• I agree with both of you, definitely. What I’m trying to say isn’t really about Caitlyn, or even about wanting to glam it up every once in awhile — especially for a spread in a fashion magazine. That all makes sense. I’m talking more about the inherent systems in place that have conditioned us all to think that a certain face is more feminine than another, that a woman’s pose is more passive and helpless than a man’s, that a woman on a fashion cover will show skin where a man might not. Embodying those traditionally feminine trappings must be very empowering for Caitlyn, which is great, but the narrowness of our culture’s idea of WHAT is feminine is still a problem.

          • (And point definitely taken about the fact that everyone feels entitled to debate a trans woman’s gender presentation. Although I brought it up here because it was striking to me in this cover, the problematic nature of our narrow perceptions of femininity is something I can explore without implicating any trans woman, and I’ll try to do so in future.)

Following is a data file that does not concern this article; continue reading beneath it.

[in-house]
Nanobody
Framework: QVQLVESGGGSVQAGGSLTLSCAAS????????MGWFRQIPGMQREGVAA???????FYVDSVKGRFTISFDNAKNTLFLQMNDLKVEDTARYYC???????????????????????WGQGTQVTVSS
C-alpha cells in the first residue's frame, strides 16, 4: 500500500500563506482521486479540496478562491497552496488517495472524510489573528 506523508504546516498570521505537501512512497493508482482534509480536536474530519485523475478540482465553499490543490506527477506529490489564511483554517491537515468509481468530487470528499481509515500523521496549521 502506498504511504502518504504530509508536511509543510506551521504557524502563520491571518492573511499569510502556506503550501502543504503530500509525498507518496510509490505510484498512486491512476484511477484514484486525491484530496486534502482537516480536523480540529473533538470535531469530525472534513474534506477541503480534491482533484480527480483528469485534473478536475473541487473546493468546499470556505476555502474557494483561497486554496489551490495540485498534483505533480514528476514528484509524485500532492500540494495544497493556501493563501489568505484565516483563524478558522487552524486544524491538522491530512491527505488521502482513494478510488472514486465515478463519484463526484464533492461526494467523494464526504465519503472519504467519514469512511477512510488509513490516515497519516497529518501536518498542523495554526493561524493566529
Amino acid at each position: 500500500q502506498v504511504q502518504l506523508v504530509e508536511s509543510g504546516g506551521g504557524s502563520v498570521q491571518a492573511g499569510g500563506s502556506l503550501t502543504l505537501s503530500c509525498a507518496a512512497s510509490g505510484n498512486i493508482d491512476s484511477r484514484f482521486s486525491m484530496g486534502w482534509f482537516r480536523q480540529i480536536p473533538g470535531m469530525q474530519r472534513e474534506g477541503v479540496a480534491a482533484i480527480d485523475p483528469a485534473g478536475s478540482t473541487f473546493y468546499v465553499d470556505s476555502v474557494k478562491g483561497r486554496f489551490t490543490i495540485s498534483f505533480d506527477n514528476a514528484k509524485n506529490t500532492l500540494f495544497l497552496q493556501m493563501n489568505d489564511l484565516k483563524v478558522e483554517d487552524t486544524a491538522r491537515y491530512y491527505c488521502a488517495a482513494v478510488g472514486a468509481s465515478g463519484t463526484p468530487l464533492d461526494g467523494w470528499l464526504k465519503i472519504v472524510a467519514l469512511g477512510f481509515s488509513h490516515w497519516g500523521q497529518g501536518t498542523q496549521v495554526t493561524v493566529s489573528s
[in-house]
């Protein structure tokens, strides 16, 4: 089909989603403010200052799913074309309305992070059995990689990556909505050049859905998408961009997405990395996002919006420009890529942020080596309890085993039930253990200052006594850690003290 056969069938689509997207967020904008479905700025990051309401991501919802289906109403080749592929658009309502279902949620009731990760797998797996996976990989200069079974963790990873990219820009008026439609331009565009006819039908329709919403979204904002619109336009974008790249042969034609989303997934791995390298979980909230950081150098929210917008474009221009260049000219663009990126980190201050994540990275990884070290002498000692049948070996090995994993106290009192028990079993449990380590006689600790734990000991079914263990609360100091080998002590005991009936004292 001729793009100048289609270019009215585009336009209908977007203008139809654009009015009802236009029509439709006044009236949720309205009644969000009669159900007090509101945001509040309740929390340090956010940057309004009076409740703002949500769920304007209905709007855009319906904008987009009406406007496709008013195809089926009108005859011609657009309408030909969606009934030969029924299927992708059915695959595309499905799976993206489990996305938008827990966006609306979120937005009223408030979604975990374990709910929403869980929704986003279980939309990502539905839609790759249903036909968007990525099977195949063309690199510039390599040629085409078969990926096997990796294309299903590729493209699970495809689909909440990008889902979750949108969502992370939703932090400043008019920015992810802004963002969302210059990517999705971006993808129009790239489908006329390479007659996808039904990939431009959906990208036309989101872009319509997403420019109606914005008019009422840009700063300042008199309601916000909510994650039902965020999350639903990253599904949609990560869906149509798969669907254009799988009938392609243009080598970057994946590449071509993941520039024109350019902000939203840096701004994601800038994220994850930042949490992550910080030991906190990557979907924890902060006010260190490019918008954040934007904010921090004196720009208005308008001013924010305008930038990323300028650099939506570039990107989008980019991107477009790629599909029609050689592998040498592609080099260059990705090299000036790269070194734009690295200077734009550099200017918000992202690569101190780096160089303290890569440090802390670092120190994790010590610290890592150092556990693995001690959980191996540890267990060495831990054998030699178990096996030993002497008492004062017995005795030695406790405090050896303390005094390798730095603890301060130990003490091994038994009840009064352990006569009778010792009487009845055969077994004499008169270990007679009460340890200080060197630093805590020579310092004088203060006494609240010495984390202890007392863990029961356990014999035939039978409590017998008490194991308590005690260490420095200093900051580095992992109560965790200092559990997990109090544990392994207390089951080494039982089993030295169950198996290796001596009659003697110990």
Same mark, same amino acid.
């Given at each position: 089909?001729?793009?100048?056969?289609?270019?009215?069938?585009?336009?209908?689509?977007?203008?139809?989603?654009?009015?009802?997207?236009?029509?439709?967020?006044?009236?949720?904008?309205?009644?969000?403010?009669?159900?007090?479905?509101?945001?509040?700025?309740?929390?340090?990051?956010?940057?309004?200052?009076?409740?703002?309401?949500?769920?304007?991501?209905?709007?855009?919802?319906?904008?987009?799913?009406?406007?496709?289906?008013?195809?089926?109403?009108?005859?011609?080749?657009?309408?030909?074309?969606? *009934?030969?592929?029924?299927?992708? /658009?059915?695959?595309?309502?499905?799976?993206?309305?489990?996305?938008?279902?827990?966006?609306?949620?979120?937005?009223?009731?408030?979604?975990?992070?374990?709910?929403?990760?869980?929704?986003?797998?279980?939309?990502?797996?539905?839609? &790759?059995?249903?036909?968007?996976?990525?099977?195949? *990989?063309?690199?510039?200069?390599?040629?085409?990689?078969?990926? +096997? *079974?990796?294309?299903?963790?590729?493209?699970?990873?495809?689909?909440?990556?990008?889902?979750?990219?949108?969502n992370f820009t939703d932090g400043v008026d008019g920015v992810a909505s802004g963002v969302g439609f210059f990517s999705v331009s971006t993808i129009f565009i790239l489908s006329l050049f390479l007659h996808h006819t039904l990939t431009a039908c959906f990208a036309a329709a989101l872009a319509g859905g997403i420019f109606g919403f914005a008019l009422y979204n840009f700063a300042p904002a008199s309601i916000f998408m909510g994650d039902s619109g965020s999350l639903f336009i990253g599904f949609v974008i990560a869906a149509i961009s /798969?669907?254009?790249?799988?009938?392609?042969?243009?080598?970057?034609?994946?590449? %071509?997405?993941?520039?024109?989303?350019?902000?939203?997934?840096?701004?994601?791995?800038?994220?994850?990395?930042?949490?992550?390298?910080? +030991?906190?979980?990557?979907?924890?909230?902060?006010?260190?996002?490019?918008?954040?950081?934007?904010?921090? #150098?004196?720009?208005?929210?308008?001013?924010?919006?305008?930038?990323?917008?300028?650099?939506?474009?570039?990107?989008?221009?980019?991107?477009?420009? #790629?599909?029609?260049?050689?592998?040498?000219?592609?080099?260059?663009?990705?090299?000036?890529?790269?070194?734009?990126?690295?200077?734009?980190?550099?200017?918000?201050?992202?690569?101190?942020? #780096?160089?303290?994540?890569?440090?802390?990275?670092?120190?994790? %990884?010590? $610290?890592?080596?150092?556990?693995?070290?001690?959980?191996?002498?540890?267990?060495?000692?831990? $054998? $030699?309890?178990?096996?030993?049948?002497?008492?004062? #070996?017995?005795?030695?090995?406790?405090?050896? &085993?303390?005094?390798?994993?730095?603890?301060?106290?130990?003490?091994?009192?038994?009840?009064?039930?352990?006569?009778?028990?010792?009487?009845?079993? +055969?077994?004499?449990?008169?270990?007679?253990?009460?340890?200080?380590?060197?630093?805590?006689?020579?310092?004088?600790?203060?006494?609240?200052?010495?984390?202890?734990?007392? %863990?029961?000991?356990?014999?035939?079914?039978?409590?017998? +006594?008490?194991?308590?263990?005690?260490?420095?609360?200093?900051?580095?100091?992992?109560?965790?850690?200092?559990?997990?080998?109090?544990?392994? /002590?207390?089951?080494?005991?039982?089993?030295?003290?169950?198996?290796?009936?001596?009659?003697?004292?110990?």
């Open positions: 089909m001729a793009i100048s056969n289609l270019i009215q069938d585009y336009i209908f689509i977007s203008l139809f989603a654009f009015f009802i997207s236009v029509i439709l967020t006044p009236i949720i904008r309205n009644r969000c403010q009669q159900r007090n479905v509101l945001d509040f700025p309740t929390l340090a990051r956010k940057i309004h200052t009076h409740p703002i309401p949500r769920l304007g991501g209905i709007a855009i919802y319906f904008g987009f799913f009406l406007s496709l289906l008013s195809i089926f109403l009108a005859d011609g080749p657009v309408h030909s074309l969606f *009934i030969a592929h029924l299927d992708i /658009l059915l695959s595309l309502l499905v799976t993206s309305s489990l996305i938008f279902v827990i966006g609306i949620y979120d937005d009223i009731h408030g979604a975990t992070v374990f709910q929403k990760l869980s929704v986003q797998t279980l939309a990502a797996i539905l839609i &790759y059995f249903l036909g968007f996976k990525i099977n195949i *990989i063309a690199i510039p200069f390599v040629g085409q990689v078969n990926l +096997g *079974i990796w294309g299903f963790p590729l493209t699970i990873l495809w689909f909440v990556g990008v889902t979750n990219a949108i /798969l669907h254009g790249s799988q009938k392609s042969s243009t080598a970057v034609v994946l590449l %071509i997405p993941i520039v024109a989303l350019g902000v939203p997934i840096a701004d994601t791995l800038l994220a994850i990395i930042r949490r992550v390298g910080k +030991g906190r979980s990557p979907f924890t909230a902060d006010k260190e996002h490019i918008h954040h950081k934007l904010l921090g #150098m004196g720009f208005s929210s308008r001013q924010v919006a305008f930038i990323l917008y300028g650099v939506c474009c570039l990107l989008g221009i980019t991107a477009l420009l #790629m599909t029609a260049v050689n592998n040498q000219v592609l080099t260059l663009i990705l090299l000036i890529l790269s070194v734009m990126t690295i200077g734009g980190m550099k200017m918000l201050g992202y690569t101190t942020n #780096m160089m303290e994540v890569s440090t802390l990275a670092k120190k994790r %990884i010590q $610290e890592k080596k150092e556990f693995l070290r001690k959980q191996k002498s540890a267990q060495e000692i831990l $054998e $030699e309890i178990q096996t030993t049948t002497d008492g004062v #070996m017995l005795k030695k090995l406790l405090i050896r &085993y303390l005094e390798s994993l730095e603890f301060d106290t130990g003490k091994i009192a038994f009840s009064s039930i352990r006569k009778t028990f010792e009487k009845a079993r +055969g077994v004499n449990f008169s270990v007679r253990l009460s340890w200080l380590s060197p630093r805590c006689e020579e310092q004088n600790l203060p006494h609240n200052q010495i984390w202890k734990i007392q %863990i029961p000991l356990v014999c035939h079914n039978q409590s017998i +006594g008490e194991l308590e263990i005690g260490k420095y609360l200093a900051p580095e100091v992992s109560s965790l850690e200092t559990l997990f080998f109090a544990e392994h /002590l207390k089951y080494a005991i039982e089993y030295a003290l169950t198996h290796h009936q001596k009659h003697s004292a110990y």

• Thank you Queer Girl.I expected to find the previous comments, but was hoping to find one like yours. More persons should have your view. What we are seeing here is what can be accomplished with relatively unlimited money for cosmetic operation, assisted by airbrushing and photoshopping for what cannot be accomplished. This presentation perpetuates the falsehood that a transition is judged by how closely it results in cover-girl appearance. It is sad how this mindset has contributed to the despair of teens who cannot access services (ie: hormone blockers).But how much of this is real will have to wait for real photographs taken by real people. And when I say this, I am also slipping into the mode of judging by appearance. That is how pervasive this mindset is. I hope this publicity will continue to de-stigmatise transitioning. I also hope that after the excitement subsides persons will return to honoring and respecting the transgendered persons who had to struggle with lack of money, persecution in society and workplace, and even physical violence, who could not look like a Dancing Queen. Many of these persons created support structures for others like themselves or persons with entirely different problems to overcome. I am Intersexed, not transgendered, so I always feel like a tolerated guest here. From my viewpoint, I am suggesting caution, moderation, and to stay focused on the core of your purpose and not to be swept away by the Kardashian media machine. – Tupungato.